June 28, 2016  |  By:   |  Press Releases  |  1 comment

The life of Blessed Oscar Romero is being remembered nationwide as a ‘Witness to Freedom’ – along with other men and women of faith from all over the world – during the Fortnight for Freedom. Declared a martyr by Pope Francis in February 2015 and beatified in May of last year, Bl. Oscar Romero advocated for Christian love, reminding the people that they were loved by God and that fighting back with Christian charity was the way to victory during the 12-year long civil war in El Salvador.

Fortnight for Freedom, a two-week period organized by the USCCB, leading up to Independence Day, when dioceses nationwide highlight the importance of defending religious freedom and liberties, and raise awareness of religious persecution all over the world.

On Friday, July 1, Archbishop José H. Gomez will welcome the relics of Bl. Oscar Romero and Saints Thomas More and John Fisher, two 16th-century martyrs who exemplified courage and conviction in the face of persecution, to the Cathedral of Our Lady of the Angels during a special Mass at 12:10 p.m., followed by a presentation from the curator from 12:50 p.m. to 2 p.m.

The two relics of Blessed Romero include a handkerchief with his blood from the day that he was assassinated on March 24, 1980, while celebrating Mass in the chapel of the Hospital of Divine Providence in San Salvador; and a microphone that he used to celebrate Mass every Sunday at the Metropolitan Cathedral in San Salvador. The relics of Bl. Oscar Romero will be available at the Cathedral for public veneration only on July 1, after the noon Mass until 2 p.m.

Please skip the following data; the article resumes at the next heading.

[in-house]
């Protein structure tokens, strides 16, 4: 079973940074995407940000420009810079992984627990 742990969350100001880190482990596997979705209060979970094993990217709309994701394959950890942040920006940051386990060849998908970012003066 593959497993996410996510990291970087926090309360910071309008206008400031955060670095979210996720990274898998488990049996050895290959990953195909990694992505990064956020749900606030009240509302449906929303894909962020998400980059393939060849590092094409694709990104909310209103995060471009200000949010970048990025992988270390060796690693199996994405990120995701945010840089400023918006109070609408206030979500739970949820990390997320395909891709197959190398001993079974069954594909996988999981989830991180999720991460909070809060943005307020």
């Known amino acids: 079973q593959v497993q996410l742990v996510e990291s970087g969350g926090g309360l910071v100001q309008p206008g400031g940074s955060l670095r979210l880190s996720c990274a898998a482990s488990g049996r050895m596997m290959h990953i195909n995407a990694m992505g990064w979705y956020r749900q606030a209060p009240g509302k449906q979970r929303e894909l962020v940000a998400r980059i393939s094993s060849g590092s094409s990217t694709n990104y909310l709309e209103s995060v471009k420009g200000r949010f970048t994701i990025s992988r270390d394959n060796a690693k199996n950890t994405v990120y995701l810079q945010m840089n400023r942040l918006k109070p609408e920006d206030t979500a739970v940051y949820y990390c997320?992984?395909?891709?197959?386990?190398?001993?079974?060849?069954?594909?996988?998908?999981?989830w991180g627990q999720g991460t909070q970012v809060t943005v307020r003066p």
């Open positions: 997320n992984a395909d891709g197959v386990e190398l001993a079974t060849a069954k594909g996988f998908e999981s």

The faithful will have the opportunity to veneratethe relics ofthe 16th-century Englishmartyrs,St. Thomas More (a small bone of the finger or toe) and St. John Fisher (a ring worn by the saint), after the Masson Fridayuntil 2 p.m. On Saturday, July 2, the relics of the English martyrs will be on display for veneration from 10 a.m. to 3 p.m. in one of Cathedral’s chapels. Then, they will be transported to Washington D.C.for the tours’ closing Mass before returning to their home at Stonyhurst College in England.

St. Thomas More was Lord Chancellor in England in the early 1500s. He resigned his post and refused to approve King Henry VIII’s divorce and remarriage, break from the Pope, and establishment of his own church, the Church of England. More was beheaded on Tower Hill in London for his faith.

St. John Fisher was a Bishop in England during the time of King Henry VIII and was initially asked to look at the validity of the King’s marriage to Queen Catherine. He upheld the validity of the marriage and refused to give into the King’s demand for divorce or recognize the King’s new church. He was executed two weeks before St. Thomas More.

The “Witnesses to Freedom” also include St. John the Baptist, Sts. Peter and Paul, Blessed Miguel Pro, St. Maximiliano Kolbe, St. Edith Stein, St. Kateri Tekakwitha, Sts. Felicity and Perpetua, Fr. John Bapst, SJ, the Martyrs of Compiegne, Ven. Henriette Delille, the Coptic Martyrs, and the Little Sisters of the Poor.

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